‘GIVE us the right to a grand day out…’

These words make up the opening line of a poem penned by Yorkshire poet Ian McMillan, which delivers a message that will strike a chord with people across the UK.

‘Give us a trip we can all go on, Give us a day that’ll make us grin, Give us a toilet close to hand, Not a mile down the train by a smelly bin.

‘Give us some signs that are crystal clear, Give us a guard who knows their stuff, Give us a trip we can file away, When the world seems harsh and life gets rough…’

Ian wrote the four verse poem as part of Yorkshire Dementia Engagement & Empowerment Project (DEEP), which is made up of three groups - Bradford-based Face It Together, Minds and Voices from York and DEEP Vibes from Scarborough - who have joined forces to campaign for better public transport services for people with dementia.

Train and bus timetables, platform layout in stations, rail announcements and other areas of the transport system can be baffling to everyone. To those living with dementia, it can be frightening and well as confusing.

The Yorkshire group is part of the national DEEP network, which is working on the project with a number of partners including the University of Exeter.

As well as Ian McMillan, photographer Ian Beesley and cartoonist Tony Husband are lending their creative talents to the cause. In partnership with DEEP, and as part of the ‘A Life More Ordinary’ project, they have produced a 36-page booklet showing the positive and negative sides of travel for people with dementia.

In it, people talk about their experiences of using public transport and of how frightening it can be. Eddie tells of how traumatised he was after no one told him he was sitting in the wrong part of a train, and missed his connection, while Liz recounts how she was helped by a kind woman who saw how disorientated she was after coming out of the toilets.

In May Ian, Tony and Ian joined the groups at an event York station to unfurl colourful banners to put their message across.

Face It Together has been influencing, with some success, bus operators to make their bus stop information and maps more dementia-friendly. The group helped to make a film about bus timetables which was presented to a regional travel company. They have also worked with Northern Rail.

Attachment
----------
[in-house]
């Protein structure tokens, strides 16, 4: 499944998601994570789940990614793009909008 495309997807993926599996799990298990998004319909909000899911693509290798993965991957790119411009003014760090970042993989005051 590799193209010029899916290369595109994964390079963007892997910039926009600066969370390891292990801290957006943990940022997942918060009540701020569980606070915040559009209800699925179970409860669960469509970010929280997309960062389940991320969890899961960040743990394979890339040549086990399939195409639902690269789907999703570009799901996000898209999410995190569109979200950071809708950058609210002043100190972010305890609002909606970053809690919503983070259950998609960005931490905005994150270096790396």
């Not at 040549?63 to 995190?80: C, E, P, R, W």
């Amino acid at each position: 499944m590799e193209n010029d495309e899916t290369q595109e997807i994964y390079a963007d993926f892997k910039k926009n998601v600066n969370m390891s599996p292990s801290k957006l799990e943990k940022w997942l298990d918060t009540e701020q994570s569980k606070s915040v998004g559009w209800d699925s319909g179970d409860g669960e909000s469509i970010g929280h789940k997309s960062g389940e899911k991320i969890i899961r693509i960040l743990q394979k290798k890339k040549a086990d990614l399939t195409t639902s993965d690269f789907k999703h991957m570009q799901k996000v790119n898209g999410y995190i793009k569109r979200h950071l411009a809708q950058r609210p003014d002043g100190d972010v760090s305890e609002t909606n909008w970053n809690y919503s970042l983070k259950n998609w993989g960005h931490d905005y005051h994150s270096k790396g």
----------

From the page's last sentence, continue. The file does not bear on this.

The group praised Keighley Bus Company for introducing screens displaying arrival times.

“Timetables can be very confusing,” says Face It Together coordinator Judith Baron. “And when they change it can be very difficult.”

Group member Derek Clegg - who attended the event with members Kevin Scanlan, Mark Malek and Tony Oates - explained how platform numbers can also lead to confusion. “It is not always clear - I read one number on the noticeboard as 108, which was puzzling - but it was 10B,” he says. “And often, in Leeds station, there are two trains on one platform, so it is hard to know which one to board.”

Scanning tickets on buses is not always straightforward, either, he adds. ”Some are on top of the machine and some are in the slot. It can be very confusing.”

Colour-coded bus routes “Like the London Underground” are a step in the right direction, he adds.

Becky Woledge, support worker with Face It Together, says: “In this day and age we should be further on in terms of accessibility. It is so hard, especially in larger stations where there are so many signs, boards and ticket machines, and you have to battle to find the right train. We are working hard to make a difference, and there is light at the end of the tunnel.”

Philly Hare, director of Innovations in Dementia - a community interest company that works to make approaches to dementia care and support more creative, positive and enabling - says: “It is fantastic. This is the first time ever that people with dementia have come together to raise banners to show they have rights to get out and about.”

Ian Beesley says: “This is a collaboration project so a lot of the ideas come from the groups themselves. It is empowerment that they are able to put forward the problems they face, and also the solutions they have worked out themselves.”

Ian McMillan says the project will raise awareness both among the travelling public and decision makers.

“We are putting across quite profound ideas in a simple way, to raise awareness and also a smile. I hope it will cause people to think about what would make things easier on public transport, whether living with dementia or not.

*Face It Together meets on the first Wednesday of each month at the Alzheimer’s Society Bradford office, Unit 16, Parkview Court, St. Paul's Road, Shipley. Tel: 01274 586008.